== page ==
Long Island Railroad

Is this seat taken?

Have you ever used public during rush hour? Or seen a movie on opening night? Went to the bar with a few friends? By now you’ve probably figured out where I am going with this. I find it odd when I’m riding the train to see people standing even though there are plenty of seats available. Why is it so awkward to ask someone to move over? The question is simple enough. Is this seat taken? May I sit down?
I’ve always wondered why people would rather stand than ask someone to move over so they can sit down. There are plenty of seats on the train. I look around and I see a lot of empty seats. You figure someone would be bold enough to ask a fellow citizen to slide over, but I’m going to guess that 7 out of 10 times that doesn’t happen. Even as I am riding the train to Huntington, the same people who were standing are still standing. But as soon as we stop at a major destination like Jamaica, seats clear and the people standing finally sit down. I for one am too tired to stand so I’ll ask someone to move over.
These days most people are too busy playing with their cell phone to even notice what other people are doing on the train. With that being said, I still wonder why people don’t ask fellow passengers to slide over. I don’t want to put the blame on technology because this is something that existed prior to cell phones and tablets. When I was an undergrad in college, I remember lots of people signing up to take public speaking classes and I remember reading that public speaking was one of the biggest fears for most people. Could this be a reason that people don’t ask strangers to slide over or ask if the seat is taken?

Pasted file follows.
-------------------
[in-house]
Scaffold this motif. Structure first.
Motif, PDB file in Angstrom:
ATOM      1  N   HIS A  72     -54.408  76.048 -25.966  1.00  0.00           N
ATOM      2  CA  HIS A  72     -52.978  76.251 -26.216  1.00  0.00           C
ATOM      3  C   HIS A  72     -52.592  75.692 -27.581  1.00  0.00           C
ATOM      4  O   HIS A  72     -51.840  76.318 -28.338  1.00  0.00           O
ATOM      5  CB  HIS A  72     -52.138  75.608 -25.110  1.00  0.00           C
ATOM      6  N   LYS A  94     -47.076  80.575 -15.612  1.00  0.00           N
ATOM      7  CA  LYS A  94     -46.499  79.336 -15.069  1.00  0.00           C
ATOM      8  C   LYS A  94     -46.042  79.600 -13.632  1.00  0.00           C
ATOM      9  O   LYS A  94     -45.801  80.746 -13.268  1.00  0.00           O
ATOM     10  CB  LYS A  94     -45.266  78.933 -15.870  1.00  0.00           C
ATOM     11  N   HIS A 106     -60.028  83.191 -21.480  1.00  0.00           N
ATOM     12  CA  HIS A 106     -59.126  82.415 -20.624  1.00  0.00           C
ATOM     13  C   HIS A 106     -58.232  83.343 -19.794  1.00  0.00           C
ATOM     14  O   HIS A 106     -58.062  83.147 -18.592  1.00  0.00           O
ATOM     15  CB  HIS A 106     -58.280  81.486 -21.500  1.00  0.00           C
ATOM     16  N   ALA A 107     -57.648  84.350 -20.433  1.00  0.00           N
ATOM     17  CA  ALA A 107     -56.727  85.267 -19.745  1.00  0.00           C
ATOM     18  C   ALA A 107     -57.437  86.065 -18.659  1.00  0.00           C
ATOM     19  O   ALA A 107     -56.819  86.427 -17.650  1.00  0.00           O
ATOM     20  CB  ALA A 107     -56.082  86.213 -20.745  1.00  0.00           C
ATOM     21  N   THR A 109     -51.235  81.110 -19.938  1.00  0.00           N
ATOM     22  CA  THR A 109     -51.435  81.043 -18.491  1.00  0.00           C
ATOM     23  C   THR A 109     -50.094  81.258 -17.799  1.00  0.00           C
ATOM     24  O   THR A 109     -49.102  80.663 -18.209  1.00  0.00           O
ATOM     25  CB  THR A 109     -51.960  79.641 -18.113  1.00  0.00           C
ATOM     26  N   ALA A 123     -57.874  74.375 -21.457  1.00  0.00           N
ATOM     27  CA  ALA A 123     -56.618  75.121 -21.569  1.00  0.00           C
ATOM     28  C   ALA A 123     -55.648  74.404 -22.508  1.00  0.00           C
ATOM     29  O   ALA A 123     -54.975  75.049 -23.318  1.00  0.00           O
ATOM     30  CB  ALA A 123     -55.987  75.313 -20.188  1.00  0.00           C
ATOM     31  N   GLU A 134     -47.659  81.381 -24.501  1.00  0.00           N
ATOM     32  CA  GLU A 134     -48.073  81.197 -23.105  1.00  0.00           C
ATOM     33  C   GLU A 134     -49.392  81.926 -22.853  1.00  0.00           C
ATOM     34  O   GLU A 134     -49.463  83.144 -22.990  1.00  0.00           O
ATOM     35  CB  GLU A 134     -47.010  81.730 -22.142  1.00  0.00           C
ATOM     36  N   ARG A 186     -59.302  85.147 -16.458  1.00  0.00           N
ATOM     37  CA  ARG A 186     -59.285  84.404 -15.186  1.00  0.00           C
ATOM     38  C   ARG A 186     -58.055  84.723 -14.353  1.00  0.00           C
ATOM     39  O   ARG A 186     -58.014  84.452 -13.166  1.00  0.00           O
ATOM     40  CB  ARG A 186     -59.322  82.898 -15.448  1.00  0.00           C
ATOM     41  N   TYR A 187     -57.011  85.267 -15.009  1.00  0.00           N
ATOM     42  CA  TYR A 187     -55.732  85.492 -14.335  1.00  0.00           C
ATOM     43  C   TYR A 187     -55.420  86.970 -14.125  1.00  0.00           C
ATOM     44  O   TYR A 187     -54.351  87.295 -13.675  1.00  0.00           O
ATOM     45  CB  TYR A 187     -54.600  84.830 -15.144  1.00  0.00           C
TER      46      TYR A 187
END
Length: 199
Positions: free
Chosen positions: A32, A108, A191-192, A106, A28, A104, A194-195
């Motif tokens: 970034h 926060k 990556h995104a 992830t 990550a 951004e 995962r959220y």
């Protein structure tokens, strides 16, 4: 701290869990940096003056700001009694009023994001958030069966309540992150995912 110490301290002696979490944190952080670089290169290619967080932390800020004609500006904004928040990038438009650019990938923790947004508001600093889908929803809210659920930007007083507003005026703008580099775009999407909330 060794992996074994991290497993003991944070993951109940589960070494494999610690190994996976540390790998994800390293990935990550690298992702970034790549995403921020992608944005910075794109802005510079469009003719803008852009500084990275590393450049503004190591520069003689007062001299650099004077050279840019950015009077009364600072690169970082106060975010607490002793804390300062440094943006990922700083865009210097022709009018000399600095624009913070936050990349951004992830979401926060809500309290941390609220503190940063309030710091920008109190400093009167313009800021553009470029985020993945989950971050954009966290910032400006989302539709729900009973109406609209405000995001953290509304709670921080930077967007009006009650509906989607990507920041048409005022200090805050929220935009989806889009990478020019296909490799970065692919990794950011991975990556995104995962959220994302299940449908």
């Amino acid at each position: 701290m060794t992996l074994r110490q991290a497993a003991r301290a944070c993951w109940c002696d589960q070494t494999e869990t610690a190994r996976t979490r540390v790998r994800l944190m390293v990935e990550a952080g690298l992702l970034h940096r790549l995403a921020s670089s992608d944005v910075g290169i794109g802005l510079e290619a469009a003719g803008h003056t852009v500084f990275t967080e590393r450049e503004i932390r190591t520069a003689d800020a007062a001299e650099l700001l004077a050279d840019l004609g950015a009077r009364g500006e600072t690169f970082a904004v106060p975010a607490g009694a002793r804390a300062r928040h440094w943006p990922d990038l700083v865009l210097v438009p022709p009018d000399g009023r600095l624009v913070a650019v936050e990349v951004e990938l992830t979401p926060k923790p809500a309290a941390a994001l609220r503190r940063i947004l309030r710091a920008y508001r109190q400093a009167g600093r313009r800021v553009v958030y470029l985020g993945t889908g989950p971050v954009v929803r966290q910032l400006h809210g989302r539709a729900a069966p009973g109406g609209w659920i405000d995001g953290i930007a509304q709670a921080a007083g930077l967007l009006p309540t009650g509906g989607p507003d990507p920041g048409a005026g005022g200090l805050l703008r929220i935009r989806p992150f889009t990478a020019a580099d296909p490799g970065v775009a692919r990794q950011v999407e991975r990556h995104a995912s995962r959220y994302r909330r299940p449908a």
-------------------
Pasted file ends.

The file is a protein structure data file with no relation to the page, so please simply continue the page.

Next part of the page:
While riding the train, I decided to take a picture of what I am now calling “The Situation”. As I took the picture, the person sitting next to me said ,”this train can’t be that interesting.” I replied, “I am going to blog about why people don’t simply ask strangers to slide over  so they can sit.” We both laughed and he admitted that he was one of those people. He brought up an interesting point, the distance that someone has to travel can decide whether they will ask a passenger to sit down. Since I was going to Huntington, there was no way I was going to stand for over an hour, but if someone is traveling to Woodside from Penn Station, they might not mind standing for 5 minutes.
To all the people who would rather stand than ask someone to slide over, the trains are only going to get more crowded. The population is going to increase. More people will take the trains and other forms of public transportation. Don’t be afraid to ask if the seat is taken. You never know who you will meet and what conversation you can have with the person sitting next to you. Sit down, be courteous, introduce yourself, and enjoy the  ride. The person sitting next to you could one day save your life.
Long Island Railroad

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